June 22, 2009 marked the launch of the Art on the Move project at the Distillery District with two cube vans and a decommissioned TTC bus adorned with art by three community groups:
- Youth interns from FoodShare
- Seniors from the Centre for Addiction and Mental Health
- Children from the Belka Enrichment Centre.
Each community group was paired with professional artists to develop an art concept for the vehicles. Click here to see a movie about the 2009 Art on the Move.
FoodShare, a non-profit organization utilizing food-based initiatives, working "from field to table," with a long-term view on the entire food system, contributed one of their delivery vans. Artist Beata Kruszynski worked with youth interns from FoodShare to create a vibrant canvas. Said intern Jade Dunlop, "It started out like going to an art class, but then it grew to a greater scale. I didn't realize how big and beautiful it was going to be." (Torontoist.ca)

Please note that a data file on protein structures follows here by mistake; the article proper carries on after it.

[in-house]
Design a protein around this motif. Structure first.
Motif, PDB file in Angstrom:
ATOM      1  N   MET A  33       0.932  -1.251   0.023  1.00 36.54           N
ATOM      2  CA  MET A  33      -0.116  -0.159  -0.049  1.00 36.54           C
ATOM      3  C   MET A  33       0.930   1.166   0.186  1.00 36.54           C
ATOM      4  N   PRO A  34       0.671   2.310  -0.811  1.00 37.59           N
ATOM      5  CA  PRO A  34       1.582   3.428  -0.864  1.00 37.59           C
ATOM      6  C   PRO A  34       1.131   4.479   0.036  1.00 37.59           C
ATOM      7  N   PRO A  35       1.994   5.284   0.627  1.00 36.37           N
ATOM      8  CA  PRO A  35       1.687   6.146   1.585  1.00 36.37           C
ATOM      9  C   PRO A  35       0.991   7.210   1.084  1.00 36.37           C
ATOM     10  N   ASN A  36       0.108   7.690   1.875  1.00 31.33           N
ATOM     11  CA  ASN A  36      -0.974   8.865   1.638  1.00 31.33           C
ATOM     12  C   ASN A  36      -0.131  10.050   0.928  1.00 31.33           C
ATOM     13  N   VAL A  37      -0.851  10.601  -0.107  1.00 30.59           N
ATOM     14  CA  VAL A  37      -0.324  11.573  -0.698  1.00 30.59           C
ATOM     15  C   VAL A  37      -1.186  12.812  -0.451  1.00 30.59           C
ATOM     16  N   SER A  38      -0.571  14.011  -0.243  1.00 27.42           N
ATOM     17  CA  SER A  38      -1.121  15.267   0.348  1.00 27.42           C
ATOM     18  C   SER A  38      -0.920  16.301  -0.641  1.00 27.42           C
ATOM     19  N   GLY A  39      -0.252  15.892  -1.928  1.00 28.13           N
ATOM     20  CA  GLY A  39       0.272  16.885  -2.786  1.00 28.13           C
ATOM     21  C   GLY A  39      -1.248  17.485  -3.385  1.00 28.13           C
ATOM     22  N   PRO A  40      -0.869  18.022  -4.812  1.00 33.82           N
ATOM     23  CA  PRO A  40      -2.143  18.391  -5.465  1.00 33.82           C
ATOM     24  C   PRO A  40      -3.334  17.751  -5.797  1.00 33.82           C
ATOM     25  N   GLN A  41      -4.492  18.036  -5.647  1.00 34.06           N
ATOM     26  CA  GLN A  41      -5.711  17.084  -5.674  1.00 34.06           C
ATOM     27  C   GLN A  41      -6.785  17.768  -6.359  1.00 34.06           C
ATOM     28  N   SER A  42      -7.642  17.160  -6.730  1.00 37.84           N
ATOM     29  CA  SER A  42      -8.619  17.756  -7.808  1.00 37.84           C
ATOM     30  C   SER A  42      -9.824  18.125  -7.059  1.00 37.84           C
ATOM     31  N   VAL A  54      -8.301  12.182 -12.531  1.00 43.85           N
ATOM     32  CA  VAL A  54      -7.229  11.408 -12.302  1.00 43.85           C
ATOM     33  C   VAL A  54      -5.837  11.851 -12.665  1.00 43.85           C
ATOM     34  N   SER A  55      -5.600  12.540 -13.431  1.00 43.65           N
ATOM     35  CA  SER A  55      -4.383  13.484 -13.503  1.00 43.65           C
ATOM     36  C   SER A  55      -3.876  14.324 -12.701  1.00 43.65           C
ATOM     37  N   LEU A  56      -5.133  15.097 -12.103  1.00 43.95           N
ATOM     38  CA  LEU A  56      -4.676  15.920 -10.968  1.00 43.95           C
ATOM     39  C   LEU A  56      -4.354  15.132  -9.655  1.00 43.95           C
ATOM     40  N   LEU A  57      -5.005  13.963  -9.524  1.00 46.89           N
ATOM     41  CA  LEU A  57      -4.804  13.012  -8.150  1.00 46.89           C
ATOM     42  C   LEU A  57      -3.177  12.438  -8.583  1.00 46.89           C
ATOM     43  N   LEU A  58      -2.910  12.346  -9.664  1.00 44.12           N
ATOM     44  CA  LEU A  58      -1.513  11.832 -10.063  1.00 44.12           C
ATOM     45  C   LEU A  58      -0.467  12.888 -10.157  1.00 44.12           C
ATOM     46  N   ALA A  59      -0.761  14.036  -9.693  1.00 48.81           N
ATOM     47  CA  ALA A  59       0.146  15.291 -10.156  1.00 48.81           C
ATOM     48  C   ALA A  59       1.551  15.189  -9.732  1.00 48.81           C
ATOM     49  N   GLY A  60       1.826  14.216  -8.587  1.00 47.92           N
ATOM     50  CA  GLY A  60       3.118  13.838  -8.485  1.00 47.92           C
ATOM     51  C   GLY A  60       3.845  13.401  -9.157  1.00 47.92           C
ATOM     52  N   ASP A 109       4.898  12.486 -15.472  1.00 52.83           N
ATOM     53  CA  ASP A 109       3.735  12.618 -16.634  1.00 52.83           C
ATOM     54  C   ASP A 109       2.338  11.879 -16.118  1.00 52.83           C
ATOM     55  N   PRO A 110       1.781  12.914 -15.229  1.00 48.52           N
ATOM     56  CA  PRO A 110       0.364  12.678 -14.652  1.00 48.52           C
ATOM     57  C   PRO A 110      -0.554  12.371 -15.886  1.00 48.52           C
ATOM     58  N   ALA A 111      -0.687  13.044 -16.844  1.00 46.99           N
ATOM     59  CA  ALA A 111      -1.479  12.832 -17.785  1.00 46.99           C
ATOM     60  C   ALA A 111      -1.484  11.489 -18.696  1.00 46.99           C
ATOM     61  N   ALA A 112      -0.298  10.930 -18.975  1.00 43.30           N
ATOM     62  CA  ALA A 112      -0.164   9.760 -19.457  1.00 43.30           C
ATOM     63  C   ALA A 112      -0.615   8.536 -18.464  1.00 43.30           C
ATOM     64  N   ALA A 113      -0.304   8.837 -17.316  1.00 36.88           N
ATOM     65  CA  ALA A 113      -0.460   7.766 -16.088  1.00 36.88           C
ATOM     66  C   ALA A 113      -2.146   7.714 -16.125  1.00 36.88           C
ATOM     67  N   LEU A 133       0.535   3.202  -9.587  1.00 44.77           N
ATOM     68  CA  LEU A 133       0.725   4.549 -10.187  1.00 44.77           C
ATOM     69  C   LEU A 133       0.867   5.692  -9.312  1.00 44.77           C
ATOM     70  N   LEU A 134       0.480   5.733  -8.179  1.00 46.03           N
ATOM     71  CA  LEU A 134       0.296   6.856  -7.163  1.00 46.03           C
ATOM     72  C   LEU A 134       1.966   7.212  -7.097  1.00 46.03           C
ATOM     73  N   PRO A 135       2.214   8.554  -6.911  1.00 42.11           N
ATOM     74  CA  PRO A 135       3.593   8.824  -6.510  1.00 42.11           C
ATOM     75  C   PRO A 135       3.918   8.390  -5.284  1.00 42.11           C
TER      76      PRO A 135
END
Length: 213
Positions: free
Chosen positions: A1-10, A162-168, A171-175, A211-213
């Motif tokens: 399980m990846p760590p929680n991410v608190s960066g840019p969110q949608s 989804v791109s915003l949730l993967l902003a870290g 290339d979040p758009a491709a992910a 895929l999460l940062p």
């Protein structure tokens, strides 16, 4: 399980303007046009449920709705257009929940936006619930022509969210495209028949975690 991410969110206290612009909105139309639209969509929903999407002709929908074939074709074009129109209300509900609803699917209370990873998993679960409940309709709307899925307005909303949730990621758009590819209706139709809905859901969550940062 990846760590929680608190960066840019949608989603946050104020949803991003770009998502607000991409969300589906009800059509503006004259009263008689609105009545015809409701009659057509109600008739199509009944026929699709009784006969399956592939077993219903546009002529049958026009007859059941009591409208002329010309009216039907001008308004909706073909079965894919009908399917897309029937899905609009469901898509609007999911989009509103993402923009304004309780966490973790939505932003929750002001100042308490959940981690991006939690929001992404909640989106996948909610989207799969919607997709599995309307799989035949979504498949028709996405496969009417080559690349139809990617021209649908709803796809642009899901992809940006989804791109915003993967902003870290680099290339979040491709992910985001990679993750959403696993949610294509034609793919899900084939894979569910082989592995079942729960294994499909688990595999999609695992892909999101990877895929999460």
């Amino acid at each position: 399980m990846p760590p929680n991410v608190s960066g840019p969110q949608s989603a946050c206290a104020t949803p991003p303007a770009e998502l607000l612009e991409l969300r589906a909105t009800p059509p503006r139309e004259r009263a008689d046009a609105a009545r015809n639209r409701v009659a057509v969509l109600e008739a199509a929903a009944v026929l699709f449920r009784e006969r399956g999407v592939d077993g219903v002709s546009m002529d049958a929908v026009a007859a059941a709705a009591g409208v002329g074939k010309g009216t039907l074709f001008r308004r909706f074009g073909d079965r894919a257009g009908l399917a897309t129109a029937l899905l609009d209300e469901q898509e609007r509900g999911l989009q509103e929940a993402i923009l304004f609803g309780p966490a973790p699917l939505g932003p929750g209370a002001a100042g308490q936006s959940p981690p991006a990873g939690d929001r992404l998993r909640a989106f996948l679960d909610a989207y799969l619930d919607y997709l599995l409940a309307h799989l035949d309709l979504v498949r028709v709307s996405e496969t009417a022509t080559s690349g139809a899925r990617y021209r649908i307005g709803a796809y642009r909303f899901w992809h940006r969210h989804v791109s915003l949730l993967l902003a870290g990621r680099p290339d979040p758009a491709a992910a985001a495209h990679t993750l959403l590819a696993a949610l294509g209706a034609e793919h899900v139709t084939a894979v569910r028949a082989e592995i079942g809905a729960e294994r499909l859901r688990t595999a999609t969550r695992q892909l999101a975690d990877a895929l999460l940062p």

Artist Amir Akbari and seniors from the Centre for Addiction and Mental Health worked on a van from custom kitchen cabinetry business White Knight Kitchens, Inc., owned by Antonio and Joseph Tavares. "Art is an interactive medium for people to express their feelings and start talking about their problems," said Raymond Wong, CAMH Manager of the Geriatric Admissions Unit. "…. Without the art, they would not have been able to open up so quickly." (Inside Toronto)
Artists Patrick Thompson and Jenifer Rudski worked with 50 youth aged 10-18 from Belka Enrichment Centre, a mobile computer lab initiative of high-school teacher Dennis Keshinro, on its de-commissioned TTC bus, to provide homework support and friendship to youth in the Jane/Finch area. "The creativity brought out potential in kids that didn't know they had it in them," said Keshinro. "…. We've invested in books, technology. Now we need to invest in art." (Inside Toronto)
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